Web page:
As previously noted on the Tipsheet in the past month, Democrats have been at each others throats after suffering devastating losses at every level of government during the 2014-midterm elections in November. Less than 24-hours after the polls closed on Election Night, when Republicans retook the Senate and the biggest majority of state legislatures in American history, outgoing Majority Leader Harry Reid sent his chief-of-staff to the Washington Post to slam President Obama for the losses. Just days later, Howard Dean called Obamacare architect Jonathan Gruber "elitist" and "out-of-touch" with the American people. Last week New York Democrat Senator Chuck Schumer admitted that the focus on healthcare reform during President Obama's first two years in office was a mistake and not what the American people wanted.
"Democrats should have continued to propose middle class-oriented programs, and built on the partial success of the stimulus. But unfortunately, Democrats blew the opportunity that the American people gave them. We took their mandate and put all of our focus on the wrong problem: Healthcare reform…it wasn't the change we were hired to make," Schumer said during a speech at the National Press Club.
Now, Schumer is facing push back from Democrats on the Hill and in the White House trying desperately to keep Obamacare alive just one month before Republicans take their majority in the Senate.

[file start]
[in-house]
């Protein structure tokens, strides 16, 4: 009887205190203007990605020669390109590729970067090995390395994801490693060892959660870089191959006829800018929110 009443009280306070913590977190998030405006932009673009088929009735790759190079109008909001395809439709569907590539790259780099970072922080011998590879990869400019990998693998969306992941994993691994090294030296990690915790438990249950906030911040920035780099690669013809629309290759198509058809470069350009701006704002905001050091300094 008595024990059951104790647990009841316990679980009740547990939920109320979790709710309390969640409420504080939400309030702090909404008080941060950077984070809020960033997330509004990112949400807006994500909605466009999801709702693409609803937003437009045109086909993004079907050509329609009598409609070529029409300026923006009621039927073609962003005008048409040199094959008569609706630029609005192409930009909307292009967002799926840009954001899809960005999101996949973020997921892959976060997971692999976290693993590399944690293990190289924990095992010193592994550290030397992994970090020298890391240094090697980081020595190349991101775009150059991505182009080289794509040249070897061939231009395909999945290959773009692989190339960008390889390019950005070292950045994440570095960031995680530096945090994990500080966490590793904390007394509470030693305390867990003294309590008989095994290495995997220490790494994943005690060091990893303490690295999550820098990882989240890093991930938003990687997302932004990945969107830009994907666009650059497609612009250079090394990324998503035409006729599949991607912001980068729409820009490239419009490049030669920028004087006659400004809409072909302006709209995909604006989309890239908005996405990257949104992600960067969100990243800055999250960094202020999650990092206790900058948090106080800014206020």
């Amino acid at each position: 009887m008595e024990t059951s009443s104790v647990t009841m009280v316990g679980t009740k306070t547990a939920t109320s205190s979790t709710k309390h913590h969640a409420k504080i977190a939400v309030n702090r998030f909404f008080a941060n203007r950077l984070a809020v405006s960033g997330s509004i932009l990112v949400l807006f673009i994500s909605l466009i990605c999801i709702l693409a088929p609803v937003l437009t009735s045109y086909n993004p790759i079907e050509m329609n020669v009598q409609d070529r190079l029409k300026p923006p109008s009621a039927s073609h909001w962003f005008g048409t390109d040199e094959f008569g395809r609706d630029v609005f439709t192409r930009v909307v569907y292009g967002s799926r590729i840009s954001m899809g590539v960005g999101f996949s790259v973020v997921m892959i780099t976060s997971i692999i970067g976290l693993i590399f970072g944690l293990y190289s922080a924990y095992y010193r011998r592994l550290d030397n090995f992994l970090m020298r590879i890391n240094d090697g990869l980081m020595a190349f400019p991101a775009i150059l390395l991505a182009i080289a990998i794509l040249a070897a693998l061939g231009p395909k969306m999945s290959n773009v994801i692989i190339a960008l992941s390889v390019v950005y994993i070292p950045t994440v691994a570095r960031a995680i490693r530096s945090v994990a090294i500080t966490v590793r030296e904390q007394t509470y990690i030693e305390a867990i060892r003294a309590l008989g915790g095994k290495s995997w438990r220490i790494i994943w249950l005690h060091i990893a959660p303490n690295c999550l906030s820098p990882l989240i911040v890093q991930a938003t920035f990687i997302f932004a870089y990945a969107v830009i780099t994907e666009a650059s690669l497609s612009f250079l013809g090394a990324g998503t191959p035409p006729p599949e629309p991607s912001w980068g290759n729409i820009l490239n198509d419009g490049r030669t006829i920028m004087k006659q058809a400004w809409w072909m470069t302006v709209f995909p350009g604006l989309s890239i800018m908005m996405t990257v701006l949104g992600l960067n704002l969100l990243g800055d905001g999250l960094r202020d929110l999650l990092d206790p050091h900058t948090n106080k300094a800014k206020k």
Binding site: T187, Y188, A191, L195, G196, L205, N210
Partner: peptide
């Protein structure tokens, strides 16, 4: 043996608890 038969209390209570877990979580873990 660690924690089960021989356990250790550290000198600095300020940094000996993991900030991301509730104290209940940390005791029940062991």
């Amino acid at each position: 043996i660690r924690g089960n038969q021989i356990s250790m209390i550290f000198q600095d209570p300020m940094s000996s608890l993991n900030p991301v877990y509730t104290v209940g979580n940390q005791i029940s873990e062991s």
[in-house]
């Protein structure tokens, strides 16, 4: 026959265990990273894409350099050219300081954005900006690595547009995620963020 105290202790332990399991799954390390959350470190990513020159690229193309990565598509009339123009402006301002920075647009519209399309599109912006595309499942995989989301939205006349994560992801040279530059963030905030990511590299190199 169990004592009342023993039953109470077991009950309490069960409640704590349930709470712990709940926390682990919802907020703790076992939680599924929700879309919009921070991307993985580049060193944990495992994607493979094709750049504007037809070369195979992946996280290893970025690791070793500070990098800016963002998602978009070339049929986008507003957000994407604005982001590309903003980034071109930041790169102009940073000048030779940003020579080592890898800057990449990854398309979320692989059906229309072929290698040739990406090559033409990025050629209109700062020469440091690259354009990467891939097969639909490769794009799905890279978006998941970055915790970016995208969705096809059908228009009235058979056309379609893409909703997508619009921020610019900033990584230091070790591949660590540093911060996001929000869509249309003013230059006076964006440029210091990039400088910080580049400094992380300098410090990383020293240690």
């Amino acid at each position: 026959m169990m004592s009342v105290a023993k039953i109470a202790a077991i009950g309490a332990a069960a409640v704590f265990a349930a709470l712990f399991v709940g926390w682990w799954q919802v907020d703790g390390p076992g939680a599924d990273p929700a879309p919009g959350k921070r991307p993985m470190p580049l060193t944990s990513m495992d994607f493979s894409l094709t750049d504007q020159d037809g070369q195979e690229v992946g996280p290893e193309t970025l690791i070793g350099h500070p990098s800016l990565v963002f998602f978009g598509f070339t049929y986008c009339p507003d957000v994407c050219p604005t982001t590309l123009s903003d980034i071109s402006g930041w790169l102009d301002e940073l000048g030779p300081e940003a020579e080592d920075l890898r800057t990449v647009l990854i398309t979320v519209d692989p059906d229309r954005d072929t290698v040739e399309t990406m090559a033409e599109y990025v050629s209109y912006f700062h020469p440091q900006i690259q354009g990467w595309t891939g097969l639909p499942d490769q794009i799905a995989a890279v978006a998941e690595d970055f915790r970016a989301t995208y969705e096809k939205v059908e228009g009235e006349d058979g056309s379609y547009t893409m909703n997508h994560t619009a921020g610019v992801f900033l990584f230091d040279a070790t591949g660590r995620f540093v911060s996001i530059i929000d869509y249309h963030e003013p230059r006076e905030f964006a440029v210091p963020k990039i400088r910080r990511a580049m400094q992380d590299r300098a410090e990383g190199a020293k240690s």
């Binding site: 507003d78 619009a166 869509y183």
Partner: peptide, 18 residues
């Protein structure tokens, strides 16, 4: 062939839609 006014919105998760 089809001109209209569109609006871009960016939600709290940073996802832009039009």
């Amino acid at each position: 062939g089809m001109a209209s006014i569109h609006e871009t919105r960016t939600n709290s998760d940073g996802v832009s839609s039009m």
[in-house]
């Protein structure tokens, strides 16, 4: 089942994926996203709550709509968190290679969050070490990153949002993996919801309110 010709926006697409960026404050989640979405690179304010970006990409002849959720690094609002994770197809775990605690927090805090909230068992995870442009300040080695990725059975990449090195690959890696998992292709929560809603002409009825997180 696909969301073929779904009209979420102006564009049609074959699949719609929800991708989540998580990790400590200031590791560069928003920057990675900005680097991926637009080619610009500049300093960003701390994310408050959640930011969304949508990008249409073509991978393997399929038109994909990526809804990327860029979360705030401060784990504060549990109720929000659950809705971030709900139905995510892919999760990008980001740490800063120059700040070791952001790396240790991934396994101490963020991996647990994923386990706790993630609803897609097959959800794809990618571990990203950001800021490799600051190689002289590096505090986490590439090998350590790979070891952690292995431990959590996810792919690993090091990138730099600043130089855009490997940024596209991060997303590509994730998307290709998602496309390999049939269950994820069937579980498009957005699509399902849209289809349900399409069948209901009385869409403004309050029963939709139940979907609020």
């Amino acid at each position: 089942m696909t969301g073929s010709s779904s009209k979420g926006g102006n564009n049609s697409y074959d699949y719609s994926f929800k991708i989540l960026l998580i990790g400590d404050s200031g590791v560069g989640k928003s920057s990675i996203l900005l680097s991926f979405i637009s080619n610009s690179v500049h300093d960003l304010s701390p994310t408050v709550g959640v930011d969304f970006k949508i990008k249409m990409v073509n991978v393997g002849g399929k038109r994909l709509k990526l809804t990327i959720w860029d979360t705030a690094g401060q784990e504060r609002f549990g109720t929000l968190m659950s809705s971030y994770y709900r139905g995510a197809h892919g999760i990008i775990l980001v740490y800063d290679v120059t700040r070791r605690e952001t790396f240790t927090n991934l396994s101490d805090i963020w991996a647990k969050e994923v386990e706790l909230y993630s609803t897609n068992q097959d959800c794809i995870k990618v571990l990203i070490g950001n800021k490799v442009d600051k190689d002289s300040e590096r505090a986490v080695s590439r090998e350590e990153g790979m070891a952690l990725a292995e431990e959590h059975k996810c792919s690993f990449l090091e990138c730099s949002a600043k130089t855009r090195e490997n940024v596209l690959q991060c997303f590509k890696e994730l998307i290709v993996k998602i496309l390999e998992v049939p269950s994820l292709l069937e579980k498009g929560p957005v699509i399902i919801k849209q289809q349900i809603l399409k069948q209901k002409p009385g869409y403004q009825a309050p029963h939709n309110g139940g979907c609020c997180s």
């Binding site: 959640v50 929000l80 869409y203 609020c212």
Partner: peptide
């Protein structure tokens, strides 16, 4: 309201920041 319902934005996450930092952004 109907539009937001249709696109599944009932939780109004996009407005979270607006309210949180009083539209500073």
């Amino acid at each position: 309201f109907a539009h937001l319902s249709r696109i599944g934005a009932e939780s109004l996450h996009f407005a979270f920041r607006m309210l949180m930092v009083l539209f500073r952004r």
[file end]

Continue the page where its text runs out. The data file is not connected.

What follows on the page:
Sen. Chuck Schumer’s (D-New York) comments on Wednesday about Democrats’ misguided focus on health care in President Barack Obama’s first term prompted backlash from top Democrats and left-leaning groups, who accused him of being politically craven.
It was a characterization with which top Democrats took issue, all the way up to House Minority Leader Nancy Pelosi (D-California), who was instrumental in getting the Affordable Care Act passed into law as the speaker of the House. Through a spokesman, Pelosi said there are “14 million reasons that’s wrong” — referring to 14 million Americans that have gained insurance coverage through various provisions of the law.
“We came here to do a job, not keep a job,” Pelosi said in a statement.
Tommy Vietor, a former spokesman for the White House’s National Security Council, said Schumer’s basic message was that Obama should have “cared more about helping Democrats than sick people.”
Jon Favreau, a former speechwriter, criticized Schumer for “confirming the public’s most cynical beliefs about the political process.” And Jon Lovett, another former speechwriter, went on an extended rant on Twitter that ended with him saying a test for prospective Democrats is whether they “listen to” or merely “tolerate” Schumer as a prominent voice within the party.
The liberal civil war continues... It should be noted that although Schumer is openly criticizing Obamacare, he's still a big supporter of the legislation and wants it to remain intact.